My Kindle, nestling in a sexy purple leather case…

So, that’s where the journey began. I must admit, I think it was incredibly brave of my other half to even consider giving me the means to legitimately sit around ignoring everything and everyone while I simply read. I’m not entirely sure that he’d thought through all the implications. In fact, I rather think that he believes it a great way not to clutter the house – oh dear, how very naive. But I’m not complaining.

So, for the last month, I’ve been getting to know my new appliance. And what is my verdict so far?

There’s no doubt in my mind that I love it. That’s not to say that it doesn’t have limitations, and it certainly doesn’t mean that I won’t buy real books anymore, but I find that it is an incredibly comfortable way to read and just because of that, I have already read more over the last four weeks than even this confirmed bibliophile would normally manage.

The negatives as I see them are these:

  • A Kindle is not really note friendly. Not a problem if you are a good book person, who would stick pins in their own eyes before even thinking of defacing a page by… writing on it.
  • Kindles are good at keeping secrets – so if you need to know what happens on the last page, before you even start to read page one, then although you can sneak a peek, it’s not as easy as flicking through to the end.
  • Books that rely on pictures for part of their enjoyment, aren’t best served by Kindles.

The positives for me are:

  • It’s much harder to flick through to the end and spoil the surprise!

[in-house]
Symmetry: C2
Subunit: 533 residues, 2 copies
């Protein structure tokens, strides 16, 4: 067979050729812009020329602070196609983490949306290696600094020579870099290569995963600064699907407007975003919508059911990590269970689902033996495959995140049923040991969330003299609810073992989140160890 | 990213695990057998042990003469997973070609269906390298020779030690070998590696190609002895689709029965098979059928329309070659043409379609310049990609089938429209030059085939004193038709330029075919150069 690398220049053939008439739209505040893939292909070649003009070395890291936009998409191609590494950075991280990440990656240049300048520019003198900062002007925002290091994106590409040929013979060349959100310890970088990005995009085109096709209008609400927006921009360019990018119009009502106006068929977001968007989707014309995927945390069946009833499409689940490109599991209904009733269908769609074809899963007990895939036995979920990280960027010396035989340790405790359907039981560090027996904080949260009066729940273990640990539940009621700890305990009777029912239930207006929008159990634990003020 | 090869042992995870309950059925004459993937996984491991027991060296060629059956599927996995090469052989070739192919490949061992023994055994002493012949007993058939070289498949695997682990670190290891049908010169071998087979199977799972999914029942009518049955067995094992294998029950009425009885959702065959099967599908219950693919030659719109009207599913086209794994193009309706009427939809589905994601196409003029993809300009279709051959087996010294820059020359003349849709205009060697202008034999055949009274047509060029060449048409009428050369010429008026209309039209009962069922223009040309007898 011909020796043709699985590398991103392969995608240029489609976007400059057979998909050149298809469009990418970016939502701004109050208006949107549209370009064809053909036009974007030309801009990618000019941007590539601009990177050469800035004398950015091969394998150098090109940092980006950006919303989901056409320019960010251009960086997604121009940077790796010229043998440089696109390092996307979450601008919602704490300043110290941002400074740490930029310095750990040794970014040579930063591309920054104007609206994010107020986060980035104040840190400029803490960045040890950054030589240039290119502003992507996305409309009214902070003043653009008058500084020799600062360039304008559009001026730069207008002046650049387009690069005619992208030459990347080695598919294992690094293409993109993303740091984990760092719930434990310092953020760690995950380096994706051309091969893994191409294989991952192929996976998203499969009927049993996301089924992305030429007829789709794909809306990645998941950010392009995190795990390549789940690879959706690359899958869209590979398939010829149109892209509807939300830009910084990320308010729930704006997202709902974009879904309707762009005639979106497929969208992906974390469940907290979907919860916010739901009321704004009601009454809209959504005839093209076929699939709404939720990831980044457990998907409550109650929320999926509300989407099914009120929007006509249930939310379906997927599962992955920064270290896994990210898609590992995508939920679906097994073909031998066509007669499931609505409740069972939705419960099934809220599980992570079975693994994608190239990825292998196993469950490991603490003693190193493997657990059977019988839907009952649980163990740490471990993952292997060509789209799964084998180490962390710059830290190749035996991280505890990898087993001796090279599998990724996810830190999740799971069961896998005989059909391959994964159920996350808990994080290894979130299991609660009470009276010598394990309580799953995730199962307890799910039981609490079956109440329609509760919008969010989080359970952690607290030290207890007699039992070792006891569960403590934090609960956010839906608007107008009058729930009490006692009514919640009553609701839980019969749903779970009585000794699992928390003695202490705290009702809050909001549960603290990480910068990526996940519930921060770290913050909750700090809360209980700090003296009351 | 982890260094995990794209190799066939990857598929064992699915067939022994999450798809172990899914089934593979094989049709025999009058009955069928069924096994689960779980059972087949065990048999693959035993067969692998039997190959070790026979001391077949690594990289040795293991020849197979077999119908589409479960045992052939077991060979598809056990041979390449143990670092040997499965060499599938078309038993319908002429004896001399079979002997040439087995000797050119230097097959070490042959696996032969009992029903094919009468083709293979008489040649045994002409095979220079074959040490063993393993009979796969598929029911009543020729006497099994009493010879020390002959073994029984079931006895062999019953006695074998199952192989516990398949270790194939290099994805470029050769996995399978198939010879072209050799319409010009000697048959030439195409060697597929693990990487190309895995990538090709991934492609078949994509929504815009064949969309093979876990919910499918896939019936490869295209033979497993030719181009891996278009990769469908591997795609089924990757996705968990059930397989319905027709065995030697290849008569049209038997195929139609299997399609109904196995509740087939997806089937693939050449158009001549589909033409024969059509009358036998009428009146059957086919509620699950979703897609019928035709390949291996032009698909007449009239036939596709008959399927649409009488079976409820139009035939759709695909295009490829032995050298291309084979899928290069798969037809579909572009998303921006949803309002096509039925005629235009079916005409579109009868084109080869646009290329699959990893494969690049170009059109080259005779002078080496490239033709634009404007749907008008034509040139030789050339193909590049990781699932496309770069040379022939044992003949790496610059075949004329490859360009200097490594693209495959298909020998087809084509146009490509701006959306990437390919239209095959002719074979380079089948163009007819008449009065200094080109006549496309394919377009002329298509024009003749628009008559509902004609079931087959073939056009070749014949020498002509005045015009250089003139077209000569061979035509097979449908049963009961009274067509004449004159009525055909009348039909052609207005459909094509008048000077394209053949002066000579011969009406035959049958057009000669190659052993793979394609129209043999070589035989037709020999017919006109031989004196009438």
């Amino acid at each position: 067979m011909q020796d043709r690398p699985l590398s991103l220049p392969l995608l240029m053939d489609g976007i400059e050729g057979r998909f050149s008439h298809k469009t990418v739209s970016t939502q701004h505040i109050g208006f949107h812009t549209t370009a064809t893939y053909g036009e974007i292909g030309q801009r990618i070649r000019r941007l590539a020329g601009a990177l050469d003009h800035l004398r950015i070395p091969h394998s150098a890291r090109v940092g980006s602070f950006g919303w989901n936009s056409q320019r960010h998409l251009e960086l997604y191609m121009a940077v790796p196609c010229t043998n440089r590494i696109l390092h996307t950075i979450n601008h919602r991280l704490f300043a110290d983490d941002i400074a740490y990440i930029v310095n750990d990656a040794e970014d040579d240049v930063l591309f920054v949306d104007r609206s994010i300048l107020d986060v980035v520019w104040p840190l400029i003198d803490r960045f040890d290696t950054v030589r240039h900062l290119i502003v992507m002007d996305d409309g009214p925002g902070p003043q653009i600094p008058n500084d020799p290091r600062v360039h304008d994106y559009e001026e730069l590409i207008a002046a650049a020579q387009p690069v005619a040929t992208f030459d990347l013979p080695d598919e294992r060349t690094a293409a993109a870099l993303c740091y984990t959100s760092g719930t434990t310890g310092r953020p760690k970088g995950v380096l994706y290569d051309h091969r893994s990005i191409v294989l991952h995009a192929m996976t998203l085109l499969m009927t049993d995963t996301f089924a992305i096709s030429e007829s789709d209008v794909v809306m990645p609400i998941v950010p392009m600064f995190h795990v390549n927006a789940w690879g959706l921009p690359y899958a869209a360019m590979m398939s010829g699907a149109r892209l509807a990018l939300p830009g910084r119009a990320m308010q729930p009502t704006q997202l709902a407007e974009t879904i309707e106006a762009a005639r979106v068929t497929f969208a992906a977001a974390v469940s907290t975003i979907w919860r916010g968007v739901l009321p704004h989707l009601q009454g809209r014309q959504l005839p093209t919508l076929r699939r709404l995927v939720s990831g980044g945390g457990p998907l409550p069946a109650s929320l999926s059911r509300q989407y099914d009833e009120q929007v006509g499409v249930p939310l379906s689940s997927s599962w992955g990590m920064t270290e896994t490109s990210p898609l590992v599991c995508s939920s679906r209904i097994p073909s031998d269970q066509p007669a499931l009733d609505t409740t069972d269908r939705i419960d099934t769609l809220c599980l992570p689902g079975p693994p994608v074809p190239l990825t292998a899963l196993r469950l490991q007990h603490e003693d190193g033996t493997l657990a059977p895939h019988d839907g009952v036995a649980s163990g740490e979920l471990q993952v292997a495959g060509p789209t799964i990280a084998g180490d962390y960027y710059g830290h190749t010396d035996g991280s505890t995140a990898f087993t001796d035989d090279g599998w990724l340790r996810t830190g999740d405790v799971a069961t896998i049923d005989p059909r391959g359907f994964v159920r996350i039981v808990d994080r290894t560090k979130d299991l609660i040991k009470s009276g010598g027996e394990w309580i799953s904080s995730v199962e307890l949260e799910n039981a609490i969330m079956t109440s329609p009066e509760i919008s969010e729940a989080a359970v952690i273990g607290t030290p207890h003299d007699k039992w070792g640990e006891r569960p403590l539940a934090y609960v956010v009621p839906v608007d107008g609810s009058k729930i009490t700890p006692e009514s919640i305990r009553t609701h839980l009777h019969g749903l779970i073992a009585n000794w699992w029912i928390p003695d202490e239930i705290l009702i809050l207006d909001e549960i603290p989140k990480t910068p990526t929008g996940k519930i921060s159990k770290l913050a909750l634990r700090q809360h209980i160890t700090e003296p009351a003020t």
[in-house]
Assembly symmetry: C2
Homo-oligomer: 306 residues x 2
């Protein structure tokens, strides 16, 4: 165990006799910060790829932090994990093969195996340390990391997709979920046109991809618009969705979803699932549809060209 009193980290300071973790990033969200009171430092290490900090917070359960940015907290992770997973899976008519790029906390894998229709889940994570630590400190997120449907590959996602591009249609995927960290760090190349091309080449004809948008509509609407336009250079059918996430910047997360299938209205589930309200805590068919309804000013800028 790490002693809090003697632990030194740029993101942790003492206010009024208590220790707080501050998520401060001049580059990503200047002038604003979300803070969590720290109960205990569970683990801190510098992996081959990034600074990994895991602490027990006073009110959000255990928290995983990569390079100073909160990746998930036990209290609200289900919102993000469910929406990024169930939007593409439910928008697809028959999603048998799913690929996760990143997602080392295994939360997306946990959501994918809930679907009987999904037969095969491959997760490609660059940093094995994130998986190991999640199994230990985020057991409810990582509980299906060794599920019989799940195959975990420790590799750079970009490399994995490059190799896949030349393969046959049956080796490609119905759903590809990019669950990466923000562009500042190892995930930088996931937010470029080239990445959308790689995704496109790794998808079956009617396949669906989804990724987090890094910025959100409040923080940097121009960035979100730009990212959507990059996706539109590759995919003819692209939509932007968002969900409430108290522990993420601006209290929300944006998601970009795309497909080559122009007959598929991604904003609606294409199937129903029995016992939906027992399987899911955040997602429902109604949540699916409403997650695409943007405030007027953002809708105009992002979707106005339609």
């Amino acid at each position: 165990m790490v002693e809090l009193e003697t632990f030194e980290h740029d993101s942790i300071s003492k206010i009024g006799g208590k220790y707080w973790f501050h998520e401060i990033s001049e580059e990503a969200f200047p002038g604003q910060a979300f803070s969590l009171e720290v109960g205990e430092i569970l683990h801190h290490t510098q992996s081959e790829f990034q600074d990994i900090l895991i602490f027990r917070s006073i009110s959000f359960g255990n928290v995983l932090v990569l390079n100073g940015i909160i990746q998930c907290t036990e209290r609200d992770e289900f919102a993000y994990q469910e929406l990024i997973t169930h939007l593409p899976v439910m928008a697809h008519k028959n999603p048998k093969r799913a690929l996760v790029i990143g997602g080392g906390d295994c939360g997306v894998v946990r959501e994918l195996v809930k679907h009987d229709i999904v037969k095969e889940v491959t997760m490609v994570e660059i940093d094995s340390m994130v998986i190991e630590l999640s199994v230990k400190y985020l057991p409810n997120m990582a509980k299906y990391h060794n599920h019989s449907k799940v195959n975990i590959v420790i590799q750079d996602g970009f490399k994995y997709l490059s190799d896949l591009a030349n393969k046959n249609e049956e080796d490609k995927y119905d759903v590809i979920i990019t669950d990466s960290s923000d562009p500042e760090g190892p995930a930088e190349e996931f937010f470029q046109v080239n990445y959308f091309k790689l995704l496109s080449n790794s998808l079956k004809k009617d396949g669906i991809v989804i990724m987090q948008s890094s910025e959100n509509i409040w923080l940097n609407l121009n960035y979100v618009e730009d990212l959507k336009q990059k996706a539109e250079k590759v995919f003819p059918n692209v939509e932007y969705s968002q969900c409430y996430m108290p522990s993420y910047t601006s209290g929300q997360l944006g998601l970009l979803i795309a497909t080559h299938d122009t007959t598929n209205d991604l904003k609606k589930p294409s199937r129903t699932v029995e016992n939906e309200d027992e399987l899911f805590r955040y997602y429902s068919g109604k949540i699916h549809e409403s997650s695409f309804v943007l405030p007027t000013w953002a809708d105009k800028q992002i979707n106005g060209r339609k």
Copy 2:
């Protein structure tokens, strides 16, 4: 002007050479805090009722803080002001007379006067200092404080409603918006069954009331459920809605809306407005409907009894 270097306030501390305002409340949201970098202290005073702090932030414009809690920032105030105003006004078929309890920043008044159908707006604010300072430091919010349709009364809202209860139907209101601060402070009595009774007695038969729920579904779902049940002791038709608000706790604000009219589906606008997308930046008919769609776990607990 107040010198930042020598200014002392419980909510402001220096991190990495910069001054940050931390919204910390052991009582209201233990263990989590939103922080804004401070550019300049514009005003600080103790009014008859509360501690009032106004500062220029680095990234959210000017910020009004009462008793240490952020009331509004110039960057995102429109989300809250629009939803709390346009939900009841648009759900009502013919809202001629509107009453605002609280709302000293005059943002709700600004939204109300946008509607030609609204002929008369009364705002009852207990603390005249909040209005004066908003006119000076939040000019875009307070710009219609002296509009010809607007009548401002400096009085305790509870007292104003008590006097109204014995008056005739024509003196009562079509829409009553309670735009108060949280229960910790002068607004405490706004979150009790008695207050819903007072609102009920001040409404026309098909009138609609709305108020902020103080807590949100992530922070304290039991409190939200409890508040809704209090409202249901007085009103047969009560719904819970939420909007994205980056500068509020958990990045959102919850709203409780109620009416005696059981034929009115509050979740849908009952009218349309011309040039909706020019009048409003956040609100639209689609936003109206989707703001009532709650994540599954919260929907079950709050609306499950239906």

• I seem to be able to concentrate on each page, rather than thinking about how near I am to the end of a chapter or the end of the book.
  • It’s much easier to hold in bed (and with a little lamp, much less disturbing to sleeping partners).

Which leads me to summarise, that Kindles are excellent for reading fiction and also for books that want you to go off and practice something, before you read the next section. They are not good for picture books, and they are rubbish if you want to scribble notes everywhere.

In practice, since Christmas I have read (on the Kindle);

  • The Etymologicon – Mark Forsyth. Absolutely loved it – brilliant, 5 stars.
  • How To Train A Wild Elephant – Jan Chozen Bays. This is one of those chapter a week books. Obviously, I cheated, but am now happy to go back slowly. It’s about mindfulness, if it isn’t obvious. Not sure what to rate it yet.
  • If Walls Could Talk – Lucy Worsley. Simply brilliant – 5 stars and my eleven year old also adores it – a budding historian?